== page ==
Direct3D11 is seeing much more uptake and interest because it -- unlike anything OpenGL ever has or likely ever will do -- offers very real API improvements that make a huge difference. One of those features is compute shaders, which in Khronos land are a separate API (OpenCL). The other is kick-ass threading support, which is impossible to ever offer in an equivalent way in OpenGL without completely rewriting the API.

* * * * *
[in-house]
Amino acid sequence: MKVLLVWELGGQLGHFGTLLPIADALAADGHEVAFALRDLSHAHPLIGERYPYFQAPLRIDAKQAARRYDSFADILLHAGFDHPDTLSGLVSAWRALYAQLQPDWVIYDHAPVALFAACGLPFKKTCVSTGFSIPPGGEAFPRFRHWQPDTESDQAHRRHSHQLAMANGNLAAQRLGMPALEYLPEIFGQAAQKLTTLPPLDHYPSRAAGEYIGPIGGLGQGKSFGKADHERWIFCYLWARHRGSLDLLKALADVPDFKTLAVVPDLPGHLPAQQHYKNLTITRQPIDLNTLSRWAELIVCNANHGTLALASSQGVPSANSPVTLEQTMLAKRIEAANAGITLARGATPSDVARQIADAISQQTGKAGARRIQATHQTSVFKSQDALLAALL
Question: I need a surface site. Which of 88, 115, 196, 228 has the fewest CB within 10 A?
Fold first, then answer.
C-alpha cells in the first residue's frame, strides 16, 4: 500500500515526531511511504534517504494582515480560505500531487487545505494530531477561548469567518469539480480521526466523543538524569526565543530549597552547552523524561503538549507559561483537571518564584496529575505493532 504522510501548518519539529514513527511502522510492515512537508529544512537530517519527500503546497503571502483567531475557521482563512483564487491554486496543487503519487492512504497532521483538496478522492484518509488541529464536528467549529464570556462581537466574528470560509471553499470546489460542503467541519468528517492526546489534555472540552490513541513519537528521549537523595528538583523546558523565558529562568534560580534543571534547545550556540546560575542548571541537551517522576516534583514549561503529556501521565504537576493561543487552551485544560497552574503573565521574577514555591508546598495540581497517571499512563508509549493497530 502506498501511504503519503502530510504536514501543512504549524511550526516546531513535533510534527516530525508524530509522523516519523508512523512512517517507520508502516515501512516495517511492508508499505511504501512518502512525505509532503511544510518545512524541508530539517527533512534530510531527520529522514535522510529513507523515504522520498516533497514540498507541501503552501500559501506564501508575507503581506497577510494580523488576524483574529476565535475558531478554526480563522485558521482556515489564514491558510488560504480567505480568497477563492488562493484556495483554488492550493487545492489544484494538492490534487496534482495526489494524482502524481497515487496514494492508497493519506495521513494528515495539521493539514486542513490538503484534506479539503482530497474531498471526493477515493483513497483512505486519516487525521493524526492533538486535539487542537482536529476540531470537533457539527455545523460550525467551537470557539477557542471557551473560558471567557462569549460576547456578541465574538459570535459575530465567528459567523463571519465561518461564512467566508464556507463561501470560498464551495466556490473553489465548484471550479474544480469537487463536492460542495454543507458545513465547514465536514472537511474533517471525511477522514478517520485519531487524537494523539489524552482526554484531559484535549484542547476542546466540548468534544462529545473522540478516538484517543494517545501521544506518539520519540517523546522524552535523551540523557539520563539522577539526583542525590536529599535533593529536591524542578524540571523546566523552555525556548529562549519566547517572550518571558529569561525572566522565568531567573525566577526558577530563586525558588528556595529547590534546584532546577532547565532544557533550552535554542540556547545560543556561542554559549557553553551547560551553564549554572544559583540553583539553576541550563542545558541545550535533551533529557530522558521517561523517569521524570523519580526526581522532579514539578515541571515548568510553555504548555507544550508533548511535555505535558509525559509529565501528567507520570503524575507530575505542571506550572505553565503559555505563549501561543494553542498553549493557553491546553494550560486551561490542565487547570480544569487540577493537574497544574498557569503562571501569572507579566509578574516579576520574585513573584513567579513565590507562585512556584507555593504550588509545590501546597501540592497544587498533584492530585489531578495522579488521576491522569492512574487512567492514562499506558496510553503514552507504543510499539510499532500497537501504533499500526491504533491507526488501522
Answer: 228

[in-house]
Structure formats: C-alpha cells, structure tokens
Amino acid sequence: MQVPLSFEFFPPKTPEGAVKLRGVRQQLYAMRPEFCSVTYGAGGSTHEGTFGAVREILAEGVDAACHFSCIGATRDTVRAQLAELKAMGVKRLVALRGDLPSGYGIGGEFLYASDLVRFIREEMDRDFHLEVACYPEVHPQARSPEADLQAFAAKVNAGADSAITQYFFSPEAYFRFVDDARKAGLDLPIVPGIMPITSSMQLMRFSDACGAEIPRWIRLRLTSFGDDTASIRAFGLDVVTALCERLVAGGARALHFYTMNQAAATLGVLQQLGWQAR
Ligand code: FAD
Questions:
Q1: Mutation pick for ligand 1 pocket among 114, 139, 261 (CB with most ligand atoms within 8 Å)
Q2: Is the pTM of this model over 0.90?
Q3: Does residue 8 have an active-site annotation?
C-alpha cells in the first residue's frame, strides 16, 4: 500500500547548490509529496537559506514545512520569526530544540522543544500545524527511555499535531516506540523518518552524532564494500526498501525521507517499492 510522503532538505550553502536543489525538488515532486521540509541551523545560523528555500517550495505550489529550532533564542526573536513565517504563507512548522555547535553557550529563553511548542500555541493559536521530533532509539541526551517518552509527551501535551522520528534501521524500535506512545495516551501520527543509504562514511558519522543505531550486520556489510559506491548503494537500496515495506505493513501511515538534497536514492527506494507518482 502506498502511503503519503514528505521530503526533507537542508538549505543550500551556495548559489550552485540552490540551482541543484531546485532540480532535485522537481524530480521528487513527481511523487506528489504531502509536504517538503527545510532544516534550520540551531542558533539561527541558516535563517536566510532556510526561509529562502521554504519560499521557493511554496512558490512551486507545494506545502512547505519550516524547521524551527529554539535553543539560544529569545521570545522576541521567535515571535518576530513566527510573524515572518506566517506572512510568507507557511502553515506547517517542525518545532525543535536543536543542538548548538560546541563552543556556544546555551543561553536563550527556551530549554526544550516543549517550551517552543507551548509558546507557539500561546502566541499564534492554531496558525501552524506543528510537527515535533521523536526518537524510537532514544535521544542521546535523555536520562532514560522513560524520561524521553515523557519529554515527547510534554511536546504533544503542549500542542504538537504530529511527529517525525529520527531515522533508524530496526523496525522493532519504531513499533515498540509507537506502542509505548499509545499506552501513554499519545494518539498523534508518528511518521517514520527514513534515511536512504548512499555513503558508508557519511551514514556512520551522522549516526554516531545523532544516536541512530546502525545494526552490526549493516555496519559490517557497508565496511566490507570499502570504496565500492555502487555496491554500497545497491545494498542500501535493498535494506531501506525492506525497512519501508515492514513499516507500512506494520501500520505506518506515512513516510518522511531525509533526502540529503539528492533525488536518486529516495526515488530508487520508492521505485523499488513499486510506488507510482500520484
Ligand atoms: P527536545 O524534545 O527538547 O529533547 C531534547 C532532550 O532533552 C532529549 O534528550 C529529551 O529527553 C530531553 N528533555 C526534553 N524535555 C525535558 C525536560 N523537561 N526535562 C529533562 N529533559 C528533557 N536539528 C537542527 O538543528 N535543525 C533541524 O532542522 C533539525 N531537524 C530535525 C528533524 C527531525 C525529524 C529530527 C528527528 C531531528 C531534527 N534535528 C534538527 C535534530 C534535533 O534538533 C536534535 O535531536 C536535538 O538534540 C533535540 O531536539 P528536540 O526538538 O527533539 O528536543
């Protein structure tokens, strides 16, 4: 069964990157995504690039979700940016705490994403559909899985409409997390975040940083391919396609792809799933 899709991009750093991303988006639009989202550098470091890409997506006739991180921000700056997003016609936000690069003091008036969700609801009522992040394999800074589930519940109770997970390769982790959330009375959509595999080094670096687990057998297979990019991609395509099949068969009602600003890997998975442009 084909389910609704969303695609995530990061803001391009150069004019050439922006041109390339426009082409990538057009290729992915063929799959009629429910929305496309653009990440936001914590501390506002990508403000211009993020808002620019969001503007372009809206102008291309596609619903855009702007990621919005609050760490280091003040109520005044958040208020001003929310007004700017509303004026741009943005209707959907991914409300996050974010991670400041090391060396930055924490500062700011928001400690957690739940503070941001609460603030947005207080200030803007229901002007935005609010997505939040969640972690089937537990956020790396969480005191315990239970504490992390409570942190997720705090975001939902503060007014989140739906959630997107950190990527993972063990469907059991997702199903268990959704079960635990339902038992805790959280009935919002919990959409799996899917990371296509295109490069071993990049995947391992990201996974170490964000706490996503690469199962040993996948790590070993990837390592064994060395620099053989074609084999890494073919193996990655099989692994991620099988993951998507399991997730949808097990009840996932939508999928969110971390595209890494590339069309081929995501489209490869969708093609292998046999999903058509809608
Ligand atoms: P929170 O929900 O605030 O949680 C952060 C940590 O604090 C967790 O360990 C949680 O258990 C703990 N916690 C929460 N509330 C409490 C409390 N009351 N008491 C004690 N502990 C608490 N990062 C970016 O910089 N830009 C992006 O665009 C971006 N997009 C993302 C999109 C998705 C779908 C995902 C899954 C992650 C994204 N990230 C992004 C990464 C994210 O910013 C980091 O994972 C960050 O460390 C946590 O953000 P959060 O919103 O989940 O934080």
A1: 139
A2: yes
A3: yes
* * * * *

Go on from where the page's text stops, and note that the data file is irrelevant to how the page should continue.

The threading is the big issue with OpenGL, aside from just being a generally horrible API. OpenGL requires and depends on magic global variables for state, while D3D uses explicit object handles. With OpenGL, the only way to handle threading at all is to put all of your graphics code into critical sections, use some crazy code to switch the active context objects in certain cases, and then pray the driver handles it correctly which it isn't required to do. It's literally impossible to do efficient threaded GPU resource creation or drawing command queue generation in GL. D3D11 on the other hand allows you to create multiple context objects attached to the same device object, and those context objects are directly part of the API calls for resource management rather than being implicit global state across the entire process like GL, so each thread can manage independent resources with no application-side locking overhead or complexity. It also allows for the creation of complete command queues (more efficient and flexible than what the deprecated display lists API in GL does) in those threads, which can then be efficiently submitted by the main thread for actual rendering. Without that, threaded "rendering" is basically limited to occlusion/frustrum culling of objects and nothing else. With it, all the complex state management and rendering setup for drawn objects can also be distributed to the threads and handled in the same pass as the culling, in addition to the generation or modification of any streaming buffer state those objects need (like the uniform buffer objects you'd want to fill up with bone transformation information for animated characters, or particle state updates for physics-using particle engines that can't be done entirely on the GPU).